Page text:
If you are beating the bush in pursuit of elk, venison, or some other free-ranging organic vittles, chances are you aren’t too concerned with, say, vegan trail snacks. But in addition to all the humanely sourced nuts and molasses on the shelves today, there are a host of other dietary qualifiers making their way into this most basic of outdoor foods. Fortunately, we live in the Golden Age of choice, making it easy to find trail snacks for even the most discerning palates.
Keto and Paleo Friendly
Keto and paleo trail snacks are low on carbohydrates and include mixes of nuts, seeds, and dried fruit. Keto Farms
Two of the most popular diets in recent years are the Ketogenic and Paleo diets. Both call for reducing or limiting your carbohydrate intake to either move your body into ketosis (the state of burning fat for fuel), or to mimic the diet of our paleolithic ancestors before processed foods and commercial deep fryers turned us into walking carb sponges. If you are a serious adherent to either diet, then a keto or paleo friendly trail snack will keep you on the wagon even in the wild.
Gluten and Lactose Free
If your body reacts to gluten or dairy, there are trail snacks that don’t contain either. Larabar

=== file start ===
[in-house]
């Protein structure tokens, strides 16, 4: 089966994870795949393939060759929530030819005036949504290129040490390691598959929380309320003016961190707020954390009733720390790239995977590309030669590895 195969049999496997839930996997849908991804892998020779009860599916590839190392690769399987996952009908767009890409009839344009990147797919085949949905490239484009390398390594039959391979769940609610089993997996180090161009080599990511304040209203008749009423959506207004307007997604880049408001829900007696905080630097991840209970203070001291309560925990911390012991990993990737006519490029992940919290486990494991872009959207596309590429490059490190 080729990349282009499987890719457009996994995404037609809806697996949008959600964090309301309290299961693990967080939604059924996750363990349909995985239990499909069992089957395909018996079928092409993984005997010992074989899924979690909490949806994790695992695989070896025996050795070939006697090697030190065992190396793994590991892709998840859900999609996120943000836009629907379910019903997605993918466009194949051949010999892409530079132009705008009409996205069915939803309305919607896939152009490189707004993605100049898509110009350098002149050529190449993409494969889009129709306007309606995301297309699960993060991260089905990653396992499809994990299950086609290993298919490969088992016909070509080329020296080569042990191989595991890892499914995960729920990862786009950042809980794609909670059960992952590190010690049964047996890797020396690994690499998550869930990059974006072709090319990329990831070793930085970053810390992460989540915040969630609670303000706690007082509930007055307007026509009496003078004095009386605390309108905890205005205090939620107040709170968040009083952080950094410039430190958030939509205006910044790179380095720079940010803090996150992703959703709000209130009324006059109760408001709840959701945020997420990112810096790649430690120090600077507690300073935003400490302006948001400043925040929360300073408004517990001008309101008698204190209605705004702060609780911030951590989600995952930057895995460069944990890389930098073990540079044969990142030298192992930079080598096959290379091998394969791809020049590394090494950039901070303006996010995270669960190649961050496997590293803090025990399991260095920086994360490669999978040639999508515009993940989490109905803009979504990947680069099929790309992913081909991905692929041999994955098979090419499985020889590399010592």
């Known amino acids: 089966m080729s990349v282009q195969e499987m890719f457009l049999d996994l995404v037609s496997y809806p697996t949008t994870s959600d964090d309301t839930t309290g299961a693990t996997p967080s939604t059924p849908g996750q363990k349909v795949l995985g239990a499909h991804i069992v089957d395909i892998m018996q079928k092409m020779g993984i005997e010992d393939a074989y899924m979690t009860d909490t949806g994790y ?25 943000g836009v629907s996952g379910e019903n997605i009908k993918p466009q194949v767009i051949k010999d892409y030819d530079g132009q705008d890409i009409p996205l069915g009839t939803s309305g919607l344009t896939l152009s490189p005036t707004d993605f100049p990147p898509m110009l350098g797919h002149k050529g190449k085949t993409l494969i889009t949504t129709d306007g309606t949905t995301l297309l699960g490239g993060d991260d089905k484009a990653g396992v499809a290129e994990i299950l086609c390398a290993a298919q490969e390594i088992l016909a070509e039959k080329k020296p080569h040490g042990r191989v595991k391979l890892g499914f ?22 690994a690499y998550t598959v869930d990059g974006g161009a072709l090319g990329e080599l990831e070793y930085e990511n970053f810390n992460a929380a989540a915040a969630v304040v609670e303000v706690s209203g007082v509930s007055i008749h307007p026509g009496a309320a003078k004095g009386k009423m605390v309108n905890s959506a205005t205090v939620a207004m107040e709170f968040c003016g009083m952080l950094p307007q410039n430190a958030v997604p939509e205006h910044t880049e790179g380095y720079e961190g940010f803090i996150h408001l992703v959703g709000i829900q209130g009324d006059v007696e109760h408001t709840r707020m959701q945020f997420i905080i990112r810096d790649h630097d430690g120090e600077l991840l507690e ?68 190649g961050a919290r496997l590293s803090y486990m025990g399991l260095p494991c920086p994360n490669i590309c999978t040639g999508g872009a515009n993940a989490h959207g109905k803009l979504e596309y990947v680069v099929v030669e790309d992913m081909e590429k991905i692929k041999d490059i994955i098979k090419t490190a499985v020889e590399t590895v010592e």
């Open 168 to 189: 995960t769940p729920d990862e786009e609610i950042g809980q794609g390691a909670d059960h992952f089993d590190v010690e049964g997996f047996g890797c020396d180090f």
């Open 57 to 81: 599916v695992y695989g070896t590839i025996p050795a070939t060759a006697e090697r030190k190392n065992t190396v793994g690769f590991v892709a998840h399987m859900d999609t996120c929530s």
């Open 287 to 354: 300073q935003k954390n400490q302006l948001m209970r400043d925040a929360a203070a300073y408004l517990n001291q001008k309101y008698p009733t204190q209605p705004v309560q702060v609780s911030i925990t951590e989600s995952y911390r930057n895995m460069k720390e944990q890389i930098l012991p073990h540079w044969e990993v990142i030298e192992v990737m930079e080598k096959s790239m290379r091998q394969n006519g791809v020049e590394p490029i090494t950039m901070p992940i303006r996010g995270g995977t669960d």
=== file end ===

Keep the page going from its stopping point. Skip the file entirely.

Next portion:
Gluten and lactose intolerance are serious conditions that can make life miserable for sufferers. Fortunately, it’s easy to stay on the right path with gluten and dairy-free trail products that go heavy on nuts and berries.
If your hike has you burning more calories than you’re taking in, bring along a snack that can replenish your fuel tank on the trail. Happy Belly
If you are among the fortunate who can eat anything with impunity, then there’s nothing wrong with a bag full of GORP (Good Old Raisins and Peanuts), either homemade or store-bought. Just remember that commercial products contain loads of sugar, usually in the form of M&Ms. While great for instant energy, it’s basically like eating candy and you could experience a “crash” after the sugar high wears off. That said, when you are ascending a couple thousand feet in a day of mountain hunting or humping out a hind quarter from two miles back, simply having the calories at all is at least as important as where they come from.